State health officials described a spike in the number of suicides among seniors 65 and older.
New data show a surprising spike in suicides among baby boomers to the highest rate in recent years, likely in part because of the recent recession and mounting life stressors, state health officials said Friday.
The Minnesota Department of Health released 2011 data on Friday that show a 13 percent increase from 2010 in suicides overall. Most of that increase is among middle-aged men 55 to 59 years old. That, along with the suicide rate for seniors over 65 years old increasing to the highest levels in 12 years, prompted Commissioner Ed Ehlinger to say that more prevention efforts and research are needed on baby boomers and mental health.
“This is a significant issue that it’s going up,” he said. “We need to start focusing our efforts on [baby boomers], which I don’t think we’ve done in the past.”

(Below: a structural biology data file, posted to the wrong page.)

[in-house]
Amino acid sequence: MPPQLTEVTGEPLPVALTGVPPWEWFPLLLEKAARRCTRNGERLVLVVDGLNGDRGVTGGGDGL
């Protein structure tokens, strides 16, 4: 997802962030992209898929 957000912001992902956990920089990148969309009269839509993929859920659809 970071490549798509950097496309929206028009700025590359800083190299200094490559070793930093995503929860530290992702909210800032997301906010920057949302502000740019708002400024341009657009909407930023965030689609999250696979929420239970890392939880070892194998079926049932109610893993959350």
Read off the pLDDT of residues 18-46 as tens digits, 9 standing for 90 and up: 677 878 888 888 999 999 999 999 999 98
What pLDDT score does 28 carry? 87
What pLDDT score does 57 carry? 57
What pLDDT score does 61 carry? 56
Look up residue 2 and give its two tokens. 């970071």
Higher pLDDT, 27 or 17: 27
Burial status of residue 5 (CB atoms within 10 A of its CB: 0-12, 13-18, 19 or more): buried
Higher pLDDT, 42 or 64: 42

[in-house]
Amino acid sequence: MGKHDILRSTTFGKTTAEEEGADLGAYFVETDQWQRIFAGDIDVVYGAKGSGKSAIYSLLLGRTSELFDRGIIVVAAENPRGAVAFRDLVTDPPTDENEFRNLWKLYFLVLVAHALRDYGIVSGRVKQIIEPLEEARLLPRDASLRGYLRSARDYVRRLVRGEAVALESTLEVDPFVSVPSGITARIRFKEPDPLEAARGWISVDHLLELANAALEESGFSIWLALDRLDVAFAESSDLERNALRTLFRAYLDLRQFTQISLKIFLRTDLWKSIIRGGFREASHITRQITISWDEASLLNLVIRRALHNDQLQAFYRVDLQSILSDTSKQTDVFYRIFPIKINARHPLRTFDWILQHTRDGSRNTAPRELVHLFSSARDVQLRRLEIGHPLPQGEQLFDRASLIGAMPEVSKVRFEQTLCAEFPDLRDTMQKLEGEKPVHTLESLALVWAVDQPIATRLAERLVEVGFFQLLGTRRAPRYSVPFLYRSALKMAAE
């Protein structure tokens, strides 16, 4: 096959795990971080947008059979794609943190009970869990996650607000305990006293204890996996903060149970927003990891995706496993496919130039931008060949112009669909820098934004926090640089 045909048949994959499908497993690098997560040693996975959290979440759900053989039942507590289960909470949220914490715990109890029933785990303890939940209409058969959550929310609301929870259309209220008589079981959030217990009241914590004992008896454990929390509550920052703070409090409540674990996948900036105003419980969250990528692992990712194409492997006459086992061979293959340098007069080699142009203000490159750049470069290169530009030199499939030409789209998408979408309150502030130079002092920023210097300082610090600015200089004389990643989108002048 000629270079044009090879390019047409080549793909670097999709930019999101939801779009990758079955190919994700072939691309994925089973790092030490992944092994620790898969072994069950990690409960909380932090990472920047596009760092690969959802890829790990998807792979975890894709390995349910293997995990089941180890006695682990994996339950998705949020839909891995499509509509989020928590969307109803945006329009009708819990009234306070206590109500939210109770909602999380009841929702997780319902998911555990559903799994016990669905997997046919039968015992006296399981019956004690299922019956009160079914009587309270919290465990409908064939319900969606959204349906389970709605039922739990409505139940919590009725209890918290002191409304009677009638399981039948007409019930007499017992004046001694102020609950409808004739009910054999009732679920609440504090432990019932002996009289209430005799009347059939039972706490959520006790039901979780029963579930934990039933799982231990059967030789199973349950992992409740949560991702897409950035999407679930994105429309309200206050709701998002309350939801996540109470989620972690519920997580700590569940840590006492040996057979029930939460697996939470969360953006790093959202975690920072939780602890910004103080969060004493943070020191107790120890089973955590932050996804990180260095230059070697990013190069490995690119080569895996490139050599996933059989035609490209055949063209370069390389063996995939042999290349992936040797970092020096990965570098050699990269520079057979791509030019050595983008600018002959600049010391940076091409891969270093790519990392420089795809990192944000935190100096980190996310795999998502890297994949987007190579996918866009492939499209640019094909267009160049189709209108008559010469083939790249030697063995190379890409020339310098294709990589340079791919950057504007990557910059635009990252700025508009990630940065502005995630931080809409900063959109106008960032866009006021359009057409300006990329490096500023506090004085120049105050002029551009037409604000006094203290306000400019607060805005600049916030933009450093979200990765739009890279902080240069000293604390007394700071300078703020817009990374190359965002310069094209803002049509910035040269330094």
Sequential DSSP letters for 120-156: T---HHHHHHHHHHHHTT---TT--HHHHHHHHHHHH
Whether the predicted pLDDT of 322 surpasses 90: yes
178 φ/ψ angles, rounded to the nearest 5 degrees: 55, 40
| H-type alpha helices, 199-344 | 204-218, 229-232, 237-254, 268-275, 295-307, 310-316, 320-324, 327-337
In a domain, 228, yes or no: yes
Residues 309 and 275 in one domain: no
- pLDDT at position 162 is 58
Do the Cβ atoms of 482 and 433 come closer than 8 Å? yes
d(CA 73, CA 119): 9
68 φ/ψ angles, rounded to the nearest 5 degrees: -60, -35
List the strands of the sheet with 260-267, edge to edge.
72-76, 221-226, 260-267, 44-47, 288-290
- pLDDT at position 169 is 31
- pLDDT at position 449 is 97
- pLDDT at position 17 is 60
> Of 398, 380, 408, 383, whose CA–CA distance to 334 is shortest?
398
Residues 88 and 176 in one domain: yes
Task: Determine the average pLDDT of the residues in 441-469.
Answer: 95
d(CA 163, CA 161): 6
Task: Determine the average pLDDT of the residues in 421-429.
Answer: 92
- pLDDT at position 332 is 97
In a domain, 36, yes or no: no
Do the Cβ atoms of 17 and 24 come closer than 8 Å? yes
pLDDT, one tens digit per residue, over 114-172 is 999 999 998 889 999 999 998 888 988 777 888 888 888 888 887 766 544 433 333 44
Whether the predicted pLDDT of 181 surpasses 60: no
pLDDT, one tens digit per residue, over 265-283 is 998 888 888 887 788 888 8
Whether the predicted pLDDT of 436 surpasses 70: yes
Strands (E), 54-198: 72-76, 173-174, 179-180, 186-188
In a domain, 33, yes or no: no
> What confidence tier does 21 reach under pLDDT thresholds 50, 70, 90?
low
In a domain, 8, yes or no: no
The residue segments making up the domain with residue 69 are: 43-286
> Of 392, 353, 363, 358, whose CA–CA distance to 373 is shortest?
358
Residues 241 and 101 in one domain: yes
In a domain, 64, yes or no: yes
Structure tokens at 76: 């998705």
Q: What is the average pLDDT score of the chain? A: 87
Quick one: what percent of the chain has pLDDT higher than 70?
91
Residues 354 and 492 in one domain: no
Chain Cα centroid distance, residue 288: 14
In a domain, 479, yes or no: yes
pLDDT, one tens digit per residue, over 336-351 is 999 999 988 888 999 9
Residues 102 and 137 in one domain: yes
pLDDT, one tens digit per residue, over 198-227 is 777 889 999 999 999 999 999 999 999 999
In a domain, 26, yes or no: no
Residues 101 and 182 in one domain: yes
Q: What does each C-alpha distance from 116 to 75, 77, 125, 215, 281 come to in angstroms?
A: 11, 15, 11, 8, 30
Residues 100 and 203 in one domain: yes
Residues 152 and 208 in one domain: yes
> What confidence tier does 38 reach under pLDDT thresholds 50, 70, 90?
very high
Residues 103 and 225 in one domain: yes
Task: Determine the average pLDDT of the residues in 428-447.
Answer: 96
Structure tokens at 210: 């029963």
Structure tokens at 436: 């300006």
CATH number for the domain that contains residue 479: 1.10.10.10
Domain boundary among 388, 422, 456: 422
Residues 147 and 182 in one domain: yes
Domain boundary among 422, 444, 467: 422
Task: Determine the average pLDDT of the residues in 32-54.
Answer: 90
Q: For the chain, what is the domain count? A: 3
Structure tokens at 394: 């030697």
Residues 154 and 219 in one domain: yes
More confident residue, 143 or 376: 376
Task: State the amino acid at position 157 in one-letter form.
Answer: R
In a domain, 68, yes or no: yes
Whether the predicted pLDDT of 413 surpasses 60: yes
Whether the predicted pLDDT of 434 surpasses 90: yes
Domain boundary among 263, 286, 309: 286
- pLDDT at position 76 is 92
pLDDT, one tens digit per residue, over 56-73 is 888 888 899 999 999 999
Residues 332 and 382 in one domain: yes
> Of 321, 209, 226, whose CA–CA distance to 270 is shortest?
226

The trend reflects national data.
In May, the Centers for Disease Control and Prevention in Atlanta said that suicide rates among middle-aged Americans have risen substantially since 1999. The greatest increase in suicide rates were among 50-to 54-year-olds, leading officials to call for more specific prevention efforts that deal with the types of the stressors that middle-aged Americans face.
In Minnesota, local and state mental health efforts have grown recently, with the state expanding a texting hot line called “Text-4-Life” and mobile crisis teams to most counties.
Now, with the large group of baby boomers aging, Dan Reidenberg, the executive director of Suicide Awareness Voices of Education (SAVE), said they’re facing mounting stresses from loss of finances and retirement plans, deaths of friends or family, and medical issues.
“This baby boomer cohort has been so powerful in their life,” he said. Now “they see dwindling impact on their life. We have a lot of concern about it.”
Kelly Smith • 612-673-4141 Twitter: @kellystrib